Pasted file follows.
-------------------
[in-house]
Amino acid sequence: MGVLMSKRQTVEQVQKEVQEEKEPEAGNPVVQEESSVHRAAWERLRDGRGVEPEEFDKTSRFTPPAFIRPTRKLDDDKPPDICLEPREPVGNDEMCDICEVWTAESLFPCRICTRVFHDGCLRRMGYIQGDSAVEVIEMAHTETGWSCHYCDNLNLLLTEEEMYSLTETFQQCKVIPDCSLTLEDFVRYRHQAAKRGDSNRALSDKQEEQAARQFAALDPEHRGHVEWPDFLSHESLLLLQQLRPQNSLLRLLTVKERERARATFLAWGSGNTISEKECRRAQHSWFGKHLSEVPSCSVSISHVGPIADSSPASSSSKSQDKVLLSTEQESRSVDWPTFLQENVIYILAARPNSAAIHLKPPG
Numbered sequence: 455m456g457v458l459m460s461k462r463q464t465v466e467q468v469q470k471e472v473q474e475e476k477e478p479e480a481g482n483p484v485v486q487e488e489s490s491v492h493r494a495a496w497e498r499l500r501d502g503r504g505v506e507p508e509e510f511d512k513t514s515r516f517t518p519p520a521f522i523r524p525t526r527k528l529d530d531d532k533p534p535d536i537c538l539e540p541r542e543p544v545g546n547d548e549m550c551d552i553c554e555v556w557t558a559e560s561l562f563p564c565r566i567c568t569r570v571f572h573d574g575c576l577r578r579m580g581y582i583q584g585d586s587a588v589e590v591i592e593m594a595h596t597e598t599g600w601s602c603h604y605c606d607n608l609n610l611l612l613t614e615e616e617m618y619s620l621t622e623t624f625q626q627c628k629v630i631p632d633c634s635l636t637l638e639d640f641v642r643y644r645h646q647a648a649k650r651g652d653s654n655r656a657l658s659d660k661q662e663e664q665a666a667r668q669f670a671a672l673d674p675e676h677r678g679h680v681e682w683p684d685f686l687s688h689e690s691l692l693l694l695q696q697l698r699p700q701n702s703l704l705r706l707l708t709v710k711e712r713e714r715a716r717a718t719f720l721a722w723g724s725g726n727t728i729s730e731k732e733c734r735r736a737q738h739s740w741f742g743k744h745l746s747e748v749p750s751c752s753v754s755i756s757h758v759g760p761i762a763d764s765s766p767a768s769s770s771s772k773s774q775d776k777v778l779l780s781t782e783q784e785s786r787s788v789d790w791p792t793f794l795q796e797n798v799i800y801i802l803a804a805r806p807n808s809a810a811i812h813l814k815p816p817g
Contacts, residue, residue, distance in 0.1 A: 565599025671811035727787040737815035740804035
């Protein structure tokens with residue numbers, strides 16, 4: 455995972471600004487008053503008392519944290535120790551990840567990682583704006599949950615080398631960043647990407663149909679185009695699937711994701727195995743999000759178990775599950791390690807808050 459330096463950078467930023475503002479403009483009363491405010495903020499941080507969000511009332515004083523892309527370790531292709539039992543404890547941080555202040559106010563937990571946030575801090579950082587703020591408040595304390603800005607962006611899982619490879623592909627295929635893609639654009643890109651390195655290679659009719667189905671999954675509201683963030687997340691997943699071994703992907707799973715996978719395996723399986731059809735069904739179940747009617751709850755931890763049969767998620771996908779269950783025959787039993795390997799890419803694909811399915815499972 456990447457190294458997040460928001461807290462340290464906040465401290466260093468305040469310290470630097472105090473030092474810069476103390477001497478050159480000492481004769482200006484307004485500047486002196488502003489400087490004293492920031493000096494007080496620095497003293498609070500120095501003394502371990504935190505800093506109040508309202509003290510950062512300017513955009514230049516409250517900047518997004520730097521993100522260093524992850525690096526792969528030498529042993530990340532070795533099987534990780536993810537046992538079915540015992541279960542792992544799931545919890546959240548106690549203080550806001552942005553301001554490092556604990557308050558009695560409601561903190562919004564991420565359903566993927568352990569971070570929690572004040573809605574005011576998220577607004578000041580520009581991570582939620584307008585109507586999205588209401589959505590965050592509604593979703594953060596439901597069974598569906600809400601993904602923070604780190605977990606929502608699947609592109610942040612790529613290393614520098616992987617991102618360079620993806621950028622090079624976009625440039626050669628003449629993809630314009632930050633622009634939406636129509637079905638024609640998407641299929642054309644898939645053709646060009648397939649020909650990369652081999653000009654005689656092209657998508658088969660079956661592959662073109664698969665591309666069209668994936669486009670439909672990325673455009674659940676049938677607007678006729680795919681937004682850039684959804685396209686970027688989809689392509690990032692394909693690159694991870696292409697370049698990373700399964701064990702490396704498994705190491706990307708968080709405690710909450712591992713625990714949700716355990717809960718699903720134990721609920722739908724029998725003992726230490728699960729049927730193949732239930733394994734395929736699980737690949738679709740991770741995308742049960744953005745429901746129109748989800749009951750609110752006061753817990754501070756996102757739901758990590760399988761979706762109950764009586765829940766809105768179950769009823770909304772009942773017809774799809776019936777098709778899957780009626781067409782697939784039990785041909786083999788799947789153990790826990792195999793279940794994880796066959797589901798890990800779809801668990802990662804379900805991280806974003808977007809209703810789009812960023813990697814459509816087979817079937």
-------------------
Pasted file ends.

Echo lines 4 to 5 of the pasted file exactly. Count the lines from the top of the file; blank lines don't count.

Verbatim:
Contacts, residue, residue, distance in 0.1 A: 565599025671811035727787040737815035740804035
């Protein structure tokens with residue numbers, strides 16, 4: 455995972471600004487008053503008392519944290535120790551990840567990682583704006599949950615080398631960043647990407663149909679185009695699937711994701727195995743999000759178990775599950791390690807808050 459330096463950078467930023475503002479403009483009363491405010495903020499941080507969000511009332515004083523892309527370790531292709539039992543404890547941080555202040559106010563937990571946030575801090579950082587703020591408040595304390603800005607962006611899982619490879623592909627295929635893609639654009643890109651390195655290679659009719667189905671999954675509201683963030687997340691997943699071994703992907707799973715996978719395996723399986731059809735069904739179940747009617751709850755931890763049969767998620771996908779269950783025959787039993795390997799890419803694909811399915815499972 456990447457190294458997040460928001461807290462340290464906040465401290466260093468305040469310290470630097472105090473030092474810069476103390477001497478050159480000492481004769482200006484307004485500047486002196488502003489400087490004293492920031493000096494007080496620095497003293498609070500120095501003394502371990504935190505800093506109040508309202509003290510950062512300017513955009514230049516409250517900047518997004520730097521993100522260093524992850525690096526792969528030498529042993530990340532070795533099987534990780536993810537046992538079915540015992541279960542792992544799931545919890546959240548106690549203080550806001552942005553301001554490092556604990557308050558009695560409601561903190562919004564991420565359903566993927568352990569971070570929690572004040573809605574005011576998220577607004578000041580520009581991570582939620584307008585109507586999205588209401589959505590965050592509604593979703594953060596439901597069974598569906600809400601993904602923070604780190605977990606929502608699947609592109610942040612790529613290393614520098616992987617991102618360079620993806621950028622090079624976009625440039626050669628003449629993809630314009632930050633622009634939406636129509637079905638024609640998407641299929642054309644898939645053709646060009648397939649020909650990369652081999653000009654005689656092209657998508658088969660079956661592959662073109664698969665591309666069209668994936669486009670439909672990325673455009674659940676049938677607007678006729680795919681937004682850039684959804685396209686970027688989809689392509690990032692394909693690159694991870696292409697370049698990373700399964701064990702490396704498994705190491706990307708968080709405690710909450712591992713625990714949700716355990717809960718699903720134990721609920722739908724029998725003992726230490728699960729049927730193949732239930733394994734395929736699980737690949738679709740991770741995308742049960744953005745429901746129109748989800749009951750609110752006061753817990754501070756996102757739901758990590760399988761979706762109950764009586765829940766809105768179950769009823770909304772009942773017809774799809776019936777098709778899957780009626781067409782697939784039990785041909786083999788799947789153990790826990792195999793279940794994880796066959797589901798890990800779809801668990802990662804379900805991280806974003808977007809209703810789009812960023813990697814459509816087979817079937």